Home Depot informed me that 2023 Electrical code now requires all duplexes in the kitchen to be GFCI protected. (https://www.homedepot.com/c/ab/nec-2023-code-changes/9ba683603be9fa5395fab901e21904c9) This includes the stand alone Refrigerator circuit and the fixed Microwave circuit. Many posts on this site and via google searches strongly advise against putting the fridge on a GFCI circuit. They make a lot of sense. Do they make fridges that won't trip the GFCI and how do you identify them. Is there a work around for the 2023 code?

  • This may shed some light on the refrigerator / GFCI issue: diy.stackexchange.com/a/231331/79373
    – MTA
    Feb 9 at 13:32
  • 2020 LG, never been on anything but a GFCI circuit, circuit has never tripped.
    – Ecnerwal
    Feb 9 at 13:46
  • But you are not required to bring your house up to latest local code unless you are having major work done, right? Why not leave the refrig circuit as is, w/o GFCI protection? If necessay, use the GFCI breaker you have rather than a receptacle and have to pull the frig out to reset. Suppose you are gone when a trip happens, do you want others in the household to have to pull the frig out? What is the modern practice for placement of the receptacle for the frig? If it could be located so it could be seen and reset with a rod wouldn't that be better than centered behind? Feb 9 at 23:04
  • Jim, the current situation is a 1960s era house wiring with 12/2 wire on a 20 amp circuit serving all appliances in the kitchen. So this is a major upgrade for convenience and safety. The issue is created by the 2023 code. For example my GE Gas oven recommends against putting the oven power on a GFCI circuit. Now that becomes an issue post 2023 code. The physics of the fridge explained in the answers create a theoretical problem which is coupled by anecdotal reports of problems or no problems with a particular new fridge. MTA's link describes the reality of an aging unit. so Wisdom ?? Feb 10 at 13:42

2 Answers 2


I am pretty sure that most refrigerators do NOT normally trip GFCI (ground fault) or AFCI (arc fault) protective devices (combined with receptacle or breaker). There are, however, a couple of concerns that have morphed into "how dare you put the refrigerator on a GFCI or AFCI!"

  • AFCIs can react in strange ways

While there could be very limited current leakage issues actually causing problems with GFCIs, my understanding is that the bigger problem is with AFCIs. While a GFCI is really measuring something extremely simple and straight-forward - does the current on the hot wire match the current on the neutral wire - an AFCI does something far more complex. An AFCI "listens" for indications of arcing. That can be due to loose connections, poor insulation or other things. And problems with motors, even with motors that are operating reasonably well, can produce similar results. Many motors draw a lot of extra power (lights dim, etc.) when starting up. Over time they can have all sorts of issues. The end result is that a perfectly functional refrigerator could be detected as an arc fault when there is not an actual arc fault - a.k.a., a false positive. This would result in power being interrupted and, if not noticed in time, food spoiled.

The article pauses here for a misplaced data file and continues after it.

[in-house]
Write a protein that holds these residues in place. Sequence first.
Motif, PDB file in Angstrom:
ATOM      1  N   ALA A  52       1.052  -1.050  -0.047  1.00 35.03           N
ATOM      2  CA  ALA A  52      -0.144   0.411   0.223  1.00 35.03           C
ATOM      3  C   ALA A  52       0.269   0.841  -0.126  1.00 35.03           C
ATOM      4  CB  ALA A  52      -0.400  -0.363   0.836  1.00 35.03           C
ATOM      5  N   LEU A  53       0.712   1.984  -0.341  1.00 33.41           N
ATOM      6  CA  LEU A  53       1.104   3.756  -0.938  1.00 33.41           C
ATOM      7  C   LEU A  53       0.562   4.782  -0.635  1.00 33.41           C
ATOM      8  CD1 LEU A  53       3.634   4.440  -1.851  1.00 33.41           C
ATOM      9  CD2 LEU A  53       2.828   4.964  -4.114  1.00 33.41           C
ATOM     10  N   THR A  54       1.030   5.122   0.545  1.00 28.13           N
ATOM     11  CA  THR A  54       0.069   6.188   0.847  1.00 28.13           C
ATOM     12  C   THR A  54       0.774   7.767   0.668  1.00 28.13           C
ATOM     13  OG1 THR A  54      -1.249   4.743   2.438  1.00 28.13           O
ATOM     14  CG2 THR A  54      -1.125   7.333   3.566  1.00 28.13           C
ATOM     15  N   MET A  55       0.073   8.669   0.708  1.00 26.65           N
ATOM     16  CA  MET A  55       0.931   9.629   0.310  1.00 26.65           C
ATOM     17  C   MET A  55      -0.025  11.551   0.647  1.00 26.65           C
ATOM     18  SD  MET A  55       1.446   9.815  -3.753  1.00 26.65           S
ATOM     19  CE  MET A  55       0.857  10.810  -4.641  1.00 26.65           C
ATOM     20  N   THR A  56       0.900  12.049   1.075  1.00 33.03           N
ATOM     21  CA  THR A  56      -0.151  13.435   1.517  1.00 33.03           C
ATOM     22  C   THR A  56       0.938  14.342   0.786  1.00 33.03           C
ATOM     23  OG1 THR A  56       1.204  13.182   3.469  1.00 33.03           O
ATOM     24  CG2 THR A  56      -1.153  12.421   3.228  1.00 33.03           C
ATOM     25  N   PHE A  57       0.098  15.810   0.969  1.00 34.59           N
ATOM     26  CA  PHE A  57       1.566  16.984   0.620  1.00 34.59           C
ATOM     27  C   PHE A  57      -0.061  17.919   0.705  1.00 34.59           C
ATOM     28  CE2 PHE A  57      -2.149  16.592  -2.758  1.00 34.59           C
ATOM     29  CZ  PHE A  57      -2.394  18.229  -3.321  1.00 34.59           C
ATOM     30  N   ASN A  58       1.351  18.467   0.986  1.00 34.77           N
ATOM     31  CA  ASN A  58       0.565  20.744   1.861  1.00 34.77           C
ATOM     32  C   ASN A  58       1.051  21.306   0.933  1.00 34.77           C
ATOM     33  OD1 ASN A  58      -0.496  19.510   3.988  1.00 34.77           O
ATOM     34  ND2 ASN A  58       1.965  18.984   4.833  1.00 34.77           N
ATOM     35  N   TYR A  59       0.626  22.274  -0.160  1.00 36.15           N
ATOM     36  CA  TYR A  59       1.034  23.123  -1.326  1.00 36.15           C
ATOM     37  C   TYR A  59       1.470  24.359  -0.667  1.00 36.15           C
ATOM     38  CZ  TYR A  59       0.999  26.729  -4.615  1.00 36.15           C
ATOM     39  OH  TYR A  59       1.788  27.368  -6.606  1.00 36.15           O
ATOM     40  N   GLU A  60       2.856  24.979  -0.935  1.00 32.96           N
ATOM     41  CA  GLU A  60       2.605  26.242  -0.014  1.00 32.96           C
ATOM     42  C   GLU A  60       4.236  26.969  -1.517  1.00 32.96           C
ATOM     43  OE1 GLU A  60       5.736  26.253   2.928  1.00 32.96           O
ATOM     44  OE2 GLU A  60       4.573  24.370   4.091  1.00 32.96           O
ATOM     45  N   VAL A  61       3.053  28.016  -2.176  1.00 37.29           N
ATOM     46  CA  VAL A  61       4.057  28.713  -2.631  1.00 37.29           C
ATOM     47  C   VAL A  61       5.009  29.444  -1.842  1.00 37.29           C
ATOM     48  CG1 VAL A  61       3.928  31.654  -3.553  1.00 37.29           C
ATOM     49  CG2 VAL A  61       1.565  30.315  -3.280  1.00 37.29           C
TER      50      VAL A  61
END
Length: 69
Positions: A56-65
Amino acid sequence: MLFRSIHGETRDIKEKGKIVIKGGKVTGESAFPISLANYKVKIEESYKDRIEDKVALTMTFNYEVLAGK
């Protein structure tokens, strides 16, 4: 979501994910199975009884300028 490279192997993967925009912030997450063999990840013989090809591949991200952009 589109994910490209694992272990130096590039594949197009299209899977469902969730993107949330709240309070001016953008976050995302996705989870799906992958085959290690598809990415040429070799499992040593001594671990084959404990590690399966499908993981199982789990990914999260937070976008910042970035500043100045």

• Shared GFCI circuits

A shared GFCI circuit can cause a lot of problems. For example, if someone gets a toaster wet as they are taking out the last slice of toast for breakfast they might trip the GFCI protecting the circuit. That's perfectly fine. But if that same circuit also powers the refrigerator then the refrigerator will lose power and, if not noticed in item, result in spoiled food. So a shared GFCI circuit for a refrigerator is not a good idea. A refrigerator by itself is unlikely (but not guaranteed) to trip the GFCI because of the way it is designed - the parts where a ground fault could occur are well-protected (back or bottom) and not near the parts (the inside of the refrigerator) that get wet.

  • Safety Balance

GFCI is a life safety item. But so is refrigerated and frozen food. Preventing problems with refrigerators is, therefore, something to be balanced against the safety provided by a GFCI. Similarly, fire alarm systems provide an important safety function, and in fact the NEC recognizes that and does NOT require (not sure it is even allowed) putting fire alarm control panels on AFCI-protected circuits. You don't want to have one form of safety cause a problem with another form of safety, and figuring out the hierarchy and priority of these systems is important.

A reasonable solution, accepted by many jurisdictions, is to put the refrigerator on a dedicated circuit with a single receptacle instead of the typical duplex receptacle. That avoids the chance of someone plugging another device into the second receptacle and risking an unprotected ground fault. But as far as I know this is not sanctioned in the NEC.

The next best solution, which does satisfy the NEC, is to put the refrigerator either on a dedicated circuit with GFCI protection or on a branch of another kitchen circuit but with it wired such that the GFCI protection for the refrigerator is provided by a GFCI/receptacle that is fed non-GFCI power and that does not power any other receptacles. That way the only thing the refrigerator will have to fear is the refrigerator itself.

All that being said, appliance companies do NOT like returns and repairs, so I am sure the major companies have been working to minimize the likelihood of a new refrigerator causing a GFCI or (more likely) AFCI protective device trip. Even if that was a common problem 20 years ago, I doubt it is that much of a problem today. However, keeping off of shared GFCI protection is still important (see toaster example above).